Starbucks BI Test: Can Managers Beat Heatwave?

The coffee giant tests MicroStrategy technology that lets store managers act fast on insight gleaned from Web-, smartphone-, or tablet-based reports.

Doug Henschen, Executive Editor, Enterprise Apps

July 6, 2011

4 Min Read

Top 10 Mobile Apps For Business Collaboration

Top 10 Mobile Apps For Business Collaboration

Slideshow: Top 10 Mobile Apps For Business Collaboration (click image for larger view and for slideshow)

Starbucks is testing a new business intelligence platform designed to enable store managers to order supplies, schedule employees, and otherwise act on information delivered through mobile devices.

The BI platform is MicroStrategy 9.2.1, an upgrade announced on Wednesday that includes a Transaction Services feature designed to take users of mobile apps and Web-based dashboards from insight to action. If Starbucks' tests work out, the coffee chain will upgrade its current MicroStrategy deployment and roll out new application-integrated smartphone- and tablet-based dashboards.

It's one thing to track inventory, sales, or staff utilization from a BI report or dashboard, but taking action usually means opening up a separate, transactional application, such as a supply chain, HR, or broader ERP system. Transaction Services employs either SQL, for database transactions, or Web services to trigger orders, approvals, tracking requests, or write-backs to various data sources. The possibilities are endless, though development work will inevitably be required to set up enterprise-specific transactions and business processes.

Starbucks recently brought MicroStrategy 9.2.1 into its IT labs in Seattle, where it is testing the potential for what-if scenario planning by store managers. Citing a hypothetical use of Transaction Services, Tom Ball, lead BI platform development executive at Starbucks, said, "If it's going to be 95 degrees tomorrow, what supplies and how many employees do we need to have a good day at the store?"

Ball said in an interview that he's hoping store managers will be able to plan for weather patterns, local events, street closures, and other scenarios and then interact with supply chain and HR systems directly from mobile BI interfaces. Why launch transactions from a BI interface when ERP systems and other apps have their own dashboards, alerts, and mobile options?

"We look at BI has the hub where we correlate information from many different systems," said Ball. "To move the analytic action to SAP or another app takes us back a step."

MicroStrategy isn't the first BI vendor to focus on transactional capabilities. Last July, Oracle's Business Intelligence Enterprise Edition 11g upgrade introduced an Action Framework designed to let users initiate business processes or other actions directly from reports or dashboards. As with MicroStrategy's Transactional Services, Web services and SQL calls are the event triggers behind the Action Framework.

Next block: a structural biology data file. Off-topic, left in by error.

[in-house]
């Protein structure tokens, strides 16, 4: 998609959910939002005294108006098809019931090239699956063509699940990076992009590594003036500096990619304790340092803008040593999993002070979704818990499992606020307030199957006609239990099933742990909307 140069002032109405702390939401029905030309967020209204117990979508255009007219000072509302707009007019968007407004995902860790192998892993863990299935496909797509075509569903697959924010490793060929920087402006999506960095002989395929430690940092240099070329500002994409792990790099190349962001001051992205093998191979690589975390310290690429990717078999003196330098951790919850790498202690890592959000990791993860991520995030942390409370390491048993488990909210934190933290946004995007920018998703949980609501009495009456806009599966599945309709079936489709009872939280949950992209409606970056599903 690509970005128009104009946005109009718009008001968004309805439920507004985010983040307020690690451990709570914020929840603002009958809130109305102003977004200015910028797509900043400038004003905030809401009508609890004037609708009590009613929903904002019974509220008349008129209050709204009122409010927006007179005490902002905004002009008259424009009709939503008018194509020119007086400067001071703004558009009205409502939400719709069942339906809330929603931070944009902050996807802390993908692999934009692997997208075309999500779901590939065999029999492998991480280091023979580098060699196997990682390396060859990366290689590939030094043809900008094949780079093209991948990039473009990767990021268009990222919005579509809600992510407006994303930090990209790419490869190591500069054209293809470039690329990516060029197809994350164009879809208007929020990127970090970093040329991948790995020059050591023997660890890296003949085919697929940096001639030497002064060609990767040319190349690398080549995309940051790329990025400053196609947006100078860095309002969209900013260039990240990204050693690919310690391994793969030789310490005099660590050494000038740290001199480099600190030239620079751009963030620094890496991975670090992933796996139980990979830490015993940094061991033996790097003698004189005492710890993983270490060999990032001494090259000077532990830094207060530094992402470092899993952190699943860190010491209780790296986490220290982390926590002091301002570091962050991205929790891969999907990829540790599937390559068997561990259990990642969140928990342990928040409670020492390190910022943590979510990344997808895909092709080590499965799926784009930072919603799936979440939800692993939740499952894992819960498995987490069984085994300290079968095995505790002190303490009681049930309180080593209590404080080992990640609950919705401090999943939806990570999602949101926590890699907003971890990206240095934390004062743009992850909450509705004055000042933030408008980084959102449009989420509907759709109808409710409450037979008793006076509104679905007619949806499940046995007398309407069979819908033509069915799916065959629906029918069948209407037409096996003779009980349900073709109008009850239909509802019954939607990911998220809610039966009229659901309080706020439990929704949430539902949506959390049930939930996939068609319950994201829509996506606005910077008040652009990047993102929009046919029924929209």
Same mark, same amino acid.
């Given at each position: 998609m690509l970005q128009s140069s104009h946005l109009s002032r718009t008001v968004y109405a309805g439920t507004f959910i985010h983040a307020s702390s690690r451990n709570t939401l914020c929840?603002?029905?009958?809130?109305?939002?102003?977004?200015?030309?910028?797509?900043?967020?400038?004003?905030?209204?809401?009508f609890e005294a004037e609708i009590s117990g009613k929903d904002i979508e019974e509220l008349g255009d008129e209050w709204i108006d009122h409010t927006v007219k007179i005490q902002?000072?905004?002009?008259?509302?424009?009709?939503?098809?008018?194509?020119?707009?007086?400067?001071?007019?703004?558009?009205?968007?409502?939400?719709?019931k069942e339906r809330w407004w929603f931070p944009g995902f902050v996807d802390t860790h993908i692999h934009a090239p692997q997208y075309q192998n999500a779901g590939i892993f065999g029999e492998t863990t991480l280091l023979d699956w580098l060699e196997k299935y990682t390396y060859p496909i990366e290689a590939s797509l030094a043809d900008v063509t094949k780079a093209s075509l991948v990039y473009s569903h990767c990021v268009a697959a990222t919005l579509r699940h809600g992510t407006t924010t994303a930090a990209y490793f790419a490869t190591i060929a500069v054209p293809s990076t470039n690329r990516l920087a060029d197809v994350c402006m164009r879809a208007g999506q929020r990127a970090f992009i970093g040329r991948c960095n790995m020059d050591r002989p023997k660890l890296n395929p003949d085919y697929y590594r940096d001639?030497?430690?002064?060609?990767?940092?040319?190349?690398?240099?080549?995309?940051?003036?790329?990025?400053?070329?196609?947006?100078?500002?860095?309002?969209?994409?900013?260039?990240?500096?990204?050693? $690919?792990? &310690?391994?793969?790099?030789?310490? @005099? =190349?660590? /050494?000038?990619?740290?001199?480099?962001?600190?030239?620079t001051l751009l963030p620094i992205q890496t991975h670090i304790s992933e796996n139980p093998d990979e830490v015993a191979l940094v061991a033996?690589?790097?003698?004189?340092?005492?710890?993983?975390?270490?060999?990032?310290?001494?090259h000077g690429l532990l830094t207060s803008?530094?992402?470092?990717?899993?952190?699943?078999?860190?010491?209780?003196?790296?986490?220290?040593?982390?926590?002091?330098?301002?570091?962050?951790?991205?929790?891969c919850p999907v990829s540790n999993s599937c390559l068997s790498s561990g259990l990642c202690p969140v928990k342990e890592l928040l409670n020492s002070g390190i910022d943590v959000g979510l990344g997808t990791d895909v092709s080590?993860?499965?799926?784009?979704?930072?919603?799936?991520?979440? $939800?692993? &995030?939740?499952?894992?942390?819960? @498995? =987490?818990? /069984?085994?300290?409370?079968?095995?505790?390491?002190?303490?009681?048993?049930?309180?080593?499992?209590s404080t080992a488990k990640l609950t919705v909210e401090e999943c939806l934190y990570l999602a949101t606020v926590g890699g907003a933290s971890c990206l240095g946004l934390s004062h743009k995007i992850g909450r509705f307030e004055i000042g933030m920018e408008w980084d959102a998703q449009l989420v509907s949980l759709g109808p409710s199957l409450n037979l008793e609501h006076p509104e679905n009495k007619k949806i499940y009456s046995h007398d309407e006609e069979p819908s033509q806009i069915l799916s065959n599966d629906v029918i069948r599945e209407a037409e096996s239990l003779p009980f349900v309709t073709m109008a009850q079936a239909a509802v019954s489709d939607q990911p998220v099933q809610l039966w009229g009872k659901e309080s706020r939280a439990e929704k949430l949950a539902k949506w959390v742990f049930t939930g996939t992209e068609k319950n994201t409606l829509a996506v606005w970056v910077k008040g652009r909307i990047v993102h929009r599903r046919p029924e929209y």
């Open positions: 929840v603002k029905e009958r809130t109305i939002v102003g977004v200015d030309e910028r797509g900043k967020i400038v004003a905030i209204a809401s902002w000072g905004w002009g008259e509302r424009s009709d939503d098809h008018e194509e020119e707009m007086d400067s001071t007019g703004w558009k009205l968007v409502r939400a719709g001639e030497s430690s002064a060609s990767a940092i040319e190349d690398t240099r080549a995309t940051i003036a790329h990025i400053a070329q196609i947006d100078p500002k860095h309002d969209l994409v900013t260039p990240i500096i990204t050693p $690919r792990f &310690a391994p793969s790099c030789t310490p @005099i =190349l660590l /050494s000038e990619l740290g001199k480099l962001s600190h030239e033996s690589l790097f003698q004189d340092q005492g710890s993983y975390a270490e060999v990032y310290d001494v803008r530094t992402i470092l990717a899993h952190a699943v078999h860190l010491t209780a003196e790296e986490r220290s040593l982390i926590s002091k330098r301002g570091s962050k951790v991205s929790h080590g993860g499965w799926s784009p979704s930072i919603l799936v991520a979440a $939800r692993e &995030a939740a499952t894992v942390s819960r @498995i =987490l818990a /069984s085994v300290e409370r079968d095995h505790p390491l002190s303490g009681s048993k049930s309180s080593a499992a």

A MicroStrategy customer since 2005, Starbucks currently delivers standardized dashboards to store managers, district managers, and regional directors. It also supports ad-hoc querying and scenario planning. It's a big deployment, with BI accessed by about 40,000 of Starbucks' 200,000 employees.

The chain's adoption of Transactional Services also will be dependent upon Starbucks' mobile strategy, with questions yet to be resolved around platform standards and security provisions. "It's going to be exception-based reporting on the smaller devices and richer analytics delivered on tablets, but whether it will be Slates or iPads, I don't know yet," Ball said.

MicroStrategy 9.2.1 includes several mobile security upgrades said to better support iPad and iPhone deployments. For example, encryption is now applied to data while in transit from the MicroStrategy Mobile server to the MicroStrategy Mobile client (and when it is stored on the device). An authentication mode lets administrators set apps to require secure logons. User credentials are validated against the Mobile Server while online, and against locally cached and encrypted credentials while offline. Mobile clients can now make use of certificates, which allows administrators to remotely revoke access requests from specific devices.

In other 9.2.1 upgrades, MicroStrategy Mobile has improved support for videos, graphics, Web content, PDF files, and other forms of rich content often used for education and training purposes. In addition, the vendor's Visual Insight data visualization module, which was introduced in March, has been enhanced with new map, photo, and heat map options. Visual Insight analyses can also be viewed on iPads with the 9.2.1 release.

MicroStrategy has distinguished itself over the years through large-scale deployments and early use of interactive dashboards. More recently it has been a leader on mobile BI. If Transaction Services deliver as promised, Starbucks and other customers are likely to support even broader deployments and deeper interactions through BI interfaces.

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About the Author(s)

Doug Henschen

Executive Editor, Enterprise Apps

Doug Henschen is Executive Editor of InformationWeek, where he covers the intersection of enterprise applications with information management, business intelligence, big data and analytics. He previously served as editor in chief of Intelligent Enterprise, editor in chief of Transform Magazine, and Executive Editor at DM News. He has covered IT and data-driven marketing for more than 15 years.

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